Whenever Ehud Olmert - for whatever expedient transitory interest - chooses to wax tough, it's time for us plebeians to grow extra wary and await the precise opposite of the bravado spouted so emphatically and so impressively for our benefit.
It's a consistent pattern. Olmert habitually utters macho sounds. On occasion, he emerges as much an outspoken a defender of Israel's cause as Golda Meir was. The problem is that while he talks the talk, he doesn't walk the walk. You can positively bank on a clash between Olmert's swagger and his actions. Invariably his forthright rhetoric signals the reverse course from the one he delineated.
He isn't necessarily out to double-cross; his bluster may be ultra-sincere. Nevertheless, almost immediately after his determined declarations, he fails to implement the policies he boosts. That's why exceptional caution and relentless suspicion are mandated whenever Olmert makes the noises expected of the Jewish state's elected leader.
We were naive to fall for his hard-hitting oratory last July after Hizbullah's murder and abduction of Israeli soldiers on Israeli soil and after its mass rocketing of Israeli civilians at home and work.
Olmert was perfect in his every nuance. He only zigzagged in following up his gritty, strong-minded avowals. Ultimately he did what he railed against. When, for instance, he insisted that Israel wouldn't withdraw from Lebanon or wouldn't lift the naval blockade unless certain basic conditions were met, he was right on the money. He just practiced the antithesis of what he promised.
It's an old habit. In November 2000 terror kingpin Muhammad Dahlan targeted a Kfar Darom school bus, killing two passengers and causing three small siblings to lose their legs. In June 2002 Olmert firmly stated to The Wall Street Journal that "no democratic country can permit itself to do business with those who premeditatedly attack school buses." True enough, except for the fact that overnight the aforementioned Dahlan became the great shining hope of Olmert & Crew, who now perceive the school bus bomber as their preferred peace partner.
THE LIST of Olmert contradictions is too long to recite. The Temple Mount fiasco is merely the latest. At the very hour in which Jerusalem's mayor was busy facilitating a disgraceful retreat (likely at Olmert's behest) from plans to erect a new walkway to the Temple Mount, Olmert pushed through a government resolution to press on with the job.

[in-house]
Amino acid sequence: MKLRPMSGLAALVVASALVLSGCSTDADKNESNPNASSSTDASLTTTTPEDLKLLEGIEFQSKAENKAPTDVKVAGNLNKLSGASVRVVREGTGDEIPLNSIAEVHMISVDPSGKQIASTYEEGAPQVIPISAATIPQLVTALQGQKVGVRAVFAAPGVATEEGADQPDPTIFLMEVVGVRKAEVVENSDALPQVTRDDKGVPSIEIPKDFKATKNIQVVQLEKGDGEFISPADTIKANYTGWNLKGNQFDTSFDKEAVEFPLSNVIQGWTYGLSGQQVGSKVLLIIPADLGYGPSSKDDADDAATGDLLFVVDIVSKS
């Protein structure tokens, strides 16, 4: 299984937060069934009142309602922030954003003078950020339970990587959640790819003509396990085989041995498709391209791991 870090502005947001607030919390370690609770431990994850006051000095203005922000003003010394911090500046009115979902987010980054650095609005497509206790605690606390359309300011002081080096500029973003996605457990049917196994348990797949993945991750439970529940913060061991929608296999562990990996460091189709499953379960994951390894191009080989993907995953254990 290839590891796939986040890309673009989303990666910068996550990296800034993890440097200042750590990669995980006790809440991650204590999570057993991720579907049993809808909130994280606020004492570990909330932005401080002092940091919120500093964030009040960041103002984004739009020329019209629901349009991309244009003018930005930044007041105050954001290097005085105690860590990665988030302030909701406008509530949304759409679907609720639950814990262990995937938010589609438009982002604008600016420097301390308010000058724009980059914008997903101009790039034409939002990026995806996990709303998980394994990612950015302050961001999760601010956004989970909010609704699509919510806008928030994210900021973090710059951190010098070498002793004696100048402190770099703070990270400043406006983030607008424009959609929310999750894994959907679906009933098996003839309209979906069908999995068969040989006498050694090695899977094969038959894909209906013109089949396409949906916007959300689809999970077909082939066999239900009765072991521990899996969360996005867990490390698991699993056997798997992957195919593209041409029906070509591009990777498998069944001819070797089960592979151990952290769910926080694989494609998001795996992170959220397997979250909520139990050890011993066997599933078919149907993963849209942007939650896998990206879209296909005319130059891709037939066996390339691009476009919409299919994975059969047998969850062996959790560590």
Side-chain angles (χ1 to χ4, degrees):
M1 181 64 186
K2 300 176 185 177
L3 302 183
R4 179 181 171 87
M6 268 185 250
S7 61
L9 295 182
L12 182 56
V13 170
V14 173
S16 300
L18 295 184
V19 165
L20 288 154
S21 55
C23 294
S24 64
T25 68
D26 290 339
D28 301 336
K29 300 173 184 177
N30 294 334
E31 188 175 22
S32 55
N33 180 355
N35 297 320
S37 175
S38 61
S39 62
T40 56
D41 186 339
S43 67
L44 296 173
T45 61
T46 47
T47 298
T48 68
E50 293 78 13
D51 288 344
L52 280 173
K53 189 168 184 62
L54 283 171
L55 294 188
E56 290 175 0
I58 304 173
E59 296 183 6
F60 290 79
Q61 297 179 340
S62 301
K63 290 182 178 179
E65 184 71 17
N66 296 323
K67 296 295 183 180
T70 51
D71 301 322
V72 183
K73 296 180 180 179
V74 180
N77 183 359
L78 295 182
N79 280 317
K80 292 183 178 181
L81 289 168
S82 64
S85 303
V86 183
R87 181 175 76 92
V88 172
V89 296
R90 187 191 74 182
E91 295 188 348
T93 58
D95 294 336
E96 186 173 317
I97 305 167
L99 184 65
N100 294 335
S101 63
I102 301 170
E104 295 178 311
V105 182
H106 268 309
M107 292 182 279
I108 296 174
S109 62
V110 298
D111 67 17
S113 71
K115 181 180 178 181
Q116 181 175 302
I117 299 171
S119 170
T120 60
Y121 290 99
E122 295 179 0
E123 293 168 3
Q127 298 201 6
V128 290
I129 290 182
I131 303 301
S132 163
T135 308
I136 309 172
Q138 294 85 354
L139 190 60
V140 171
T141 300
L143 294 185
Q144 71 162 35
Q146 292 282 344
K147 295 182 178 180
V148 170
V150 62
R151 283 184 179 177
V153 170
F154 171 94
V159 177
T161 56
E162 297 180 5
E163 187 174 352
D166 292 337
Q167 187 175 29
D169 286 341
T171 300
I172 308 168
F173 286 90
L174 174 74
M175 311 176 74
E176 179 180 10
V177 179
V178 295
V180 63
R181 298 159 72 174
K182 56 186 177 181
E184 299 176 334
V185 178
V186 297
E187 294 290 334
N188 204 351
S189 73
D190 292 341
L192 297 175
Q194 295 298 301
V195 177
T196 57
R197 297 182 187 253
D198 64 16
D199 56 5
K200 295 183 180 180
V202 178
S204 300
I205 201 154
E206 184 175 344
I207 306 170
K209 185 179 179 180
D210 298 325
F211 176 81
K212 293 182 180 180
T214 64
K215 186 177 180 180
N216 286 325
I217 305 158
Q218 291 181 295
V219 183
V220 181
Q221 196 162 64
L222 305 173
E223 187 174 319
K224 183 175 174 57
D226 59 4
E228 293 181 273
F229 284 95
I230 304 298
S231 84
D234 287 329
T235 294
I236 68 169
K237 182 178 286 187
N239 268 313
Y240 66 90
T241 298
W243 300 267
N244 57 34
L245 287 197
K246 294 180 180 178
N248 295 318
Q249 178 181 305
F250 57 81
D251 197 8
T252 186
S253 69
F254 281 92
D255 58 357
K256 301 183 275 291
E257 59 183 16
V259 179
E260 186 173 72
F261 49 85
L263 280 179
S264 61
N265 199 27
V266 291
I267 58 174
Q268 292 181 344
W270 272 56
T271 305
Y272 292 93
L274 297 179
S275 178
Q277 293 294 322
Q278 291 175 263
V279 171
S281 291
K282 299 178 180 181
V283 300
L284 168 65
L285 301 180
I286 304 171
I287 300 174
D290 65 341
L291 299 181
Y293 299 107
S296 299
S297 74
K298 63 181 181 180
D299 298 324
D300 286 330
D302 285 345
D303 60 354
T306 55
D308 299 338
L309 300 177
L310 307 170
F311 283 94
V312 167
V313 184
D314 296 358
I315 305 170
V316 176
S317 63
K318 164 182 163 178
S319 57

He stressed how imperative it is "not to permit Khaled Mashaal and Raed Sallah to dictate to us what we may or may not do 20 meters from the Western Wall. If we are seen to falter, tomorrow they'll tell us what to do at the Jaffa Gate or Mamilla quarter. Sorry folks, but this is our territory, under our sovereignty. They mustn't be allowed to dictate to us what to do at the Wall Plaza."
Maddeningly Mashaal and Sallah can congratulate themselves on another victory in their win-win strategy of fulminating ominously to ostensibly protest blasphemous transgressions against their faith. And because they rant so emotionally (unlike our Foreign Ministry's drab Mark Regev), their professed outrage plays convincingly on overseas TV.
The apparent backtracking in the sordid guise of municipal bureaucratic hedging won't placate Muslim vehemence, but will intensify unilateral Muslim usurpation of the divine right for exclusive domination of the sacred site.
Domination, after all, is what Islamo-fascists deem as their God-given privilege everywhere - from London to Jerusalem. As long as said domination isn't achieved, they feel wronged. If Muslims don't prevail, it's an injustice against which they naturally must resort to violence. If said violence is resisted, then the resistance is decried as oppression, inducing "downtrodden" Muslims to wreak yet greater havoc against the greater "grievance."
Olmert's predictable flip-flop not only undermines the Jewish state's deterrence but demonstrates to the aggressor that aggression succeeds.
Ironically, things increasingly resemble what they were under the perfidious British Mandate. Back then, calculatingly inflammatory allegations that Jews were about to attack al-Aksa sent Arab rioters to slaughter Jews all over the country in August 1929, with the worst bloodbath occurring in Hebron and culminating in the displacement of its ancient Jewish community.
The Brits knew whom to punish - the victims, obviously. They harassed Jewish worshipers at the Wall, and even outlawed the blowing of the shofar lest it upset delicate Muslim sensibilities. Last Rosh Hashana a young man was arrested at the same venue for the same offense.
So attentive are Muslims to the sensibilities of others that soon after their occupation (with British aid) of the Old City in 1948, they destroyed 58 synagogues, constructed pissoirs with Jewish tombstones from the Mount of Olives and paved sidewalks and latrine floors with them as well. This warranted not the mildest squawk from enlightened world opinion, and neither did the outright violation of undertakings to let Jews pray at the holiest of Jewish sites.
Moreover, Arabs brazenly deny any Jewish historical or religious affiliation to Jerusalem (thereby also challenging Christian historiography). Uber-tolerant Israeli rule - so keen on not offending - overlooked rampant destruction of Temple antiquities via flagrantly provocative illegal mosque construction, but forbade Jewish prayer on the Mount. Even a visit there is fraught with menace from sneering and scowling Arabs.
If any rights are infringed, they're those of Jews, not Muslims.
Little wonder then that Mashaal and Sallah are emboldened whenever Olmert opens his mouth and roars frighteningly. What a lark! At this rate, Olmert might eventually appoint Israeli citizen Sallah a minister and woo Damascus resident Mashaal as the next promising peace partner.